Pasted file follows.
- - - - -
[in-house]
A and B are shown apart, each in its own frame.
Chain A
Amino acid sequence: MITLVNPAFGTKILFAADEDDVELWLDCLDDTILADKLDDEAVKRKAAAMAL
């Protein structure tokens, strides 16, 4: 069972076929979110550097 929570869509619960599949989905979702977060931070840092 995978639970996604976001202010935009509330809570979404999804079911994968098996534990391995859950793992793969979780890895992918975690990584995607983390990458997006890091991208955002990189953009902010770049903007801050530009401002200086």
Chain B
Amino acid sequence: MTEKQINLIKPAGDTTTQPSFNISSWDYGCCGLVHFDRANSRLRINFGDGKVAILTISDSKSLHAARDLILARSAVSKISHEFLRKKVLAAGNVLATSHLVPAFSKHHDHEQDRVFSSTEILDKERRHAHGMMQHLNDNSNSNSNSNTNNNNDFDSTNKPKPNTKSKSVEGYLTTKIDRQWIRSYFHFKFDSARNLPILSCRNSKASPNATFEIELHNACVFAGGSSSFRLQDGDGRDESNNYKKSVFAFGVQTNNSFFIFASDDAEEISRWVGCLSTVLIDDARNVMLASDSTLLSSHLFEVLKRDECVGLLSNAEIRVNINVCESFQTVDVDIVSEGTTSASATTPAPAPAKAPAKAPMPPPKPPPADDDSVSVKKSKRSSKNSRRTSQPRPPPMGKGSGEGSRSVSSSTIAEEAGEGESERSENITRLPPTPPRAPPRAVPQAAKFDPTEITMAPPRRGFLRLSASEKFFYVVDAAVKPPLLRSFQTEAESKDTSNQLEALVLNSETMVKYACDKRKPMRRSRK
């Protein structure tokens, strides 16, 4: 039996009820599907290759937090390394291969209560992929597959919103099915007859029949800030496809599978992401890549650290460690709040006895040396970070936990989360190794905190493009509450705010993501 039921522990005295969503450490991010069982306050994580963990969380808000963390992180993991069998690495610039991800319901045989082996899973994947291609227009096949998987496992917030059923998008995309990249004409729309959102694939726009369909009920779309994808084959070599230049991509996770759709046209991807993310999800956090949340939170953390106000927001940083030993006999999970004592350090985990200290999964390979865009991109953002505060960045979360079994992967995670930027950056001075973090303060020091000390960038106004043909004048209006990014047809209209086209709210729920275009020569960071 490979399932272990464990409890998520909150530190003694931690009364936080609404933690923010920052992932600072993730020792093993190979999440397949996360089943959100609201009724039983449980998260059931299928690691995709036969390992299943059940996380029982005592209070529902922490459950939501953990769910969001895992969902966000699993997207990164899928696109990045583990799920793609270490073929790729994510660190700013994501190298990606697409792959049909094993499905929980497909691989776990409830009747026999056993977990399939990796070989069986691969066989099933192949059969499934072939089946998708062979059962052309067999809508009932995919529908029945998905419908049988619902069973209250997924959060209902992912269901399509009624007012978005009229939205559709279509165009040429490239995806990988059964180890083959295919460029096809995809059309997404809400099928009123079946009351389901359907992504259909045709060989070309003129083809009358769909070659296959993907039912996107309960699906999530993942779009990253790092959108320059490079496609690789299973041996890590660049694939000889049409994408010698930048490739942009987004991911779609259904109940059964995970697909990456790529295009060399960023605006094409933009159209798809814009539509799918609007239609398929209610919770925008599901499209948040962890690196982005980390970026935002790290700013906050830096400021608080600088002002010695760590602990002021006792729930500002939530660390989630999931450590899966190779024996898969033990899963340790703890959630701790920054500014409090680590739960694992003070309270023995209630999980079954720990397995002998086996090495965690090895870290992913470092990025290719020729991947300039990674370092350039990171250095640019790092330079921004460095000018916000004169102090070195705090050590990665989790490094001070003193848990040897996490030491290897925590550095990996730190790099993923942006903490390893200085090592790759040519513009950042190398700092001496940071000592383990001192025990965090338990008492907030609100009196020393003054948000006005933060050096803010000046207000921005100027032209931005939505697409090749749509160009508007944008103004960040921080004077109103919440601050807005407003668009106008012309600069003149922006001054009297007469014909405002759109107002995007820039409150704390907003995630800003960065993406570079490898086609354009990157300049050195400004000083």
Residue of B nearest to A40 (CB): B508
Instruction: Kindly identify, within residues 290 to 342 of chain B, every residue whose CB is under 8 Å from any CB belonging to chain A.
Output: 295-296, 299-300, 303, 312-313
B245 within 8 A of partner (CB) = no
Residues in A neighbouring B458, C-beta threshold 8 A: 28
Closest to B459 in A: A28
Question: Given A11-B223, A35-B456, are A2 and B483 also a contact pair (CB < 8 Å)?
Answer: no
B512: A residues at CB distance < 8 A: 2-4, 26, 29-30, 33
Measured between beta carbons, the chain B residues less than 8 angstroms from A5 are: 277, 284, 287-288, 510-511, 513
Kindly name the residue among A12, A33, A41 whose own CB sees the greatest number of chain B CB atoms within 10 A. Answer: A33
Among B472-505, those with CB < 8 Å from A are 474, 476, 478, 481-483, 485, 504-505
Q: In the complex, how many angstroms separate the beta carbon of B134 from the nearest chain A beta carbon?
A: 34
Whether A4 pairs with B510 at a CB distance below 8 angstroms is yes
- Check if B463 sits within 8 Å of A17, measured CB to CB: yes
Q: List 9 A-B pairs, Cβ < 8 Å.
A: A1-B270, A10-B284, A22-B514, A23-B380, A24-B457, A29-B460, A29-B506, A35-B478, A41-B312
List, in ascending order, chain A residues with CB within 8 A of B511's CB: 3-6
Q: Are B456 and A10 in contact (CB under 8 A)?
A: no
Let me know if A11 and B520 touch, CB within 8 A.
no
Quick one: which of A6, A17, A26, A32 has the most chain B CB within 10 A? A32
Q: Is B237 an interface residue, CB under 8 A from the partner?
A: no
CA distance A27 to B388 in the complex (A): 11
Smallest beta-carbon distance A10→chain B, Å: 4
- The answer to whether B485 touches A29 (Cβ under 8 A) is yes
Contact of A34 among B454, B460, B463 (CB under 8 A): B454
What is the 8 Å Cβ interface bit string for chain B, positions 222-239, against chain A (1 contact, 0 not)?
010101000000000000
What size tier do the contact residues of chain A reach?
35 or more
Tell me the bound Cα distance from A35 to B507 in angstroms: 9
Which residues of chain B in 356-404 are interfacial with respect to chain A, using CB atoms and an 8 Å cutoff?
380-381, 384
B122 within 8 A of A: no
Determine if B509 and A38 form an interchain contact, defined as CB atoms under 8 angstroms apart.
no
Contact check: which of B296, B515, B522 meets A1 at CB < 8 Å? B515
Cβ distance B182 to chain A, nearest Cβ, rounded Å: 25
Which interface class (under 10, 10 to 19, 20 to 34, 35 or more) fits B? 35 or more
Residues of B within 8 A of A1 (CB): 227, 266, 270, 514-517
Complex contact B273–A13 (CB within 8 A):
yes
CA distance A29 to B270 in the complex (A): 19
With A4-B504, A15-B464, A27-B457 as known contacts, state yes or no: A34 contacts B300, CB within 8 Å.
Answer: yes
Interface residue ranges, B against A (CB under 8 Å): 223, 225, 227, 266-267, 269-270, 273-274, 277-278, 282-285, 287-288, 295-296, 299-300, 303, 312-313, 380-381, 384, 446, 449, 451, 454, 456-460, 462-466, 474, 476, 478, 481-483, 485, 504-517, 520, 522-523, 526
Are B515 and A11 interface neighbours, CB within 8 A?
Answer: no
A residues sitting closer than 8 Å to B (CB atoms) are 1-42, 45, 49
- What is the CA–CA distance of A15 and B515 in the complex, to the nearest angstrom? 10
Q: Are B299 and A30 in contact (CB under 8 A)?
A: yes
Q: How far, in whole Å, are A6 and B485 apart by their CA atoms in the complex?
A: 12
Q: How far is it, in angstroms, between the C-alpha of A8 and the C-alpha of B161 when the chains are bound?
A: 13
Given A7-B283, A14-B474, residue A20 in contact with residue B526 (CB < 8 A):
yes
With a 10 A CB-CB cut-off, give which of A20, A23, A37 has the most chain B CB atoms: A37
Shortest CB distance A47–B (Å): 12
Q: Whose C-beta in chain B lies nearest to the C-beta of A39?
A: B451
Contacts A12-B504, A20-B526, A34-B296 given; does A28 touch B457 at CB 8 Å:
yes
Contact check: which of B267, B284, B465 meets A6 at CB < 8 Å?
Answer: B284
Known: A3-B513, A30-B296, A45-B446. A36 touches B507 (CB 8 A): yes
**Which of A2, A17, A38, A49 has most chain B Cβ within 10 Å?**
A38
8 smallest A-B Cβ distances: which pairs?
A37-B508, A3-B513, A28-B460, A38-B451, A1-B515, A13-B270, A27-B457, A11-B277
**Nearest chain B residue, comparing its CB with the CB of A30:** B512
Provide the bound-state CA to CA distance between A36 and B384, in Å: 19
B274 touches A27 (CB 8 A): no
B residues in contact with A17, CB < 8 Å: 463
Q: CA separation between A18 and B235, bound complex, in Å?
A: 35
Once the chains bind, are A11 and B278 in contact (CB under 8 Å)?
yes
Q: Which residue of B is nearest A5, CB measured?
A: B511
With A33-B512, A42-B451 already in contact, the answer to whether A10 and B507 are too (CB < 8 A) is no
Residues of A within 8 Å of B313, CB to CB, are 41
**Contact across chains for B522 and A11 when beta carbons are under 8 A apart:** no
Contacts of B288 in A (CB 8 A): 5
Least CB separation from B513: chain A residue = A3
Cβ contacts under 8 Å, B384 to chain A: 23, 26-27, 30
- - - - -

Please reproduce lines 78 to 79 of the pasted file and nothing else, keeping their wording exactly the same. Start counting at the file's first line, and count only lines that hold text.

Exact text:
Answer: B284
Known: A3-B513, A30-B296, A45-B446. A36 touches B507 (CB 8 A): yes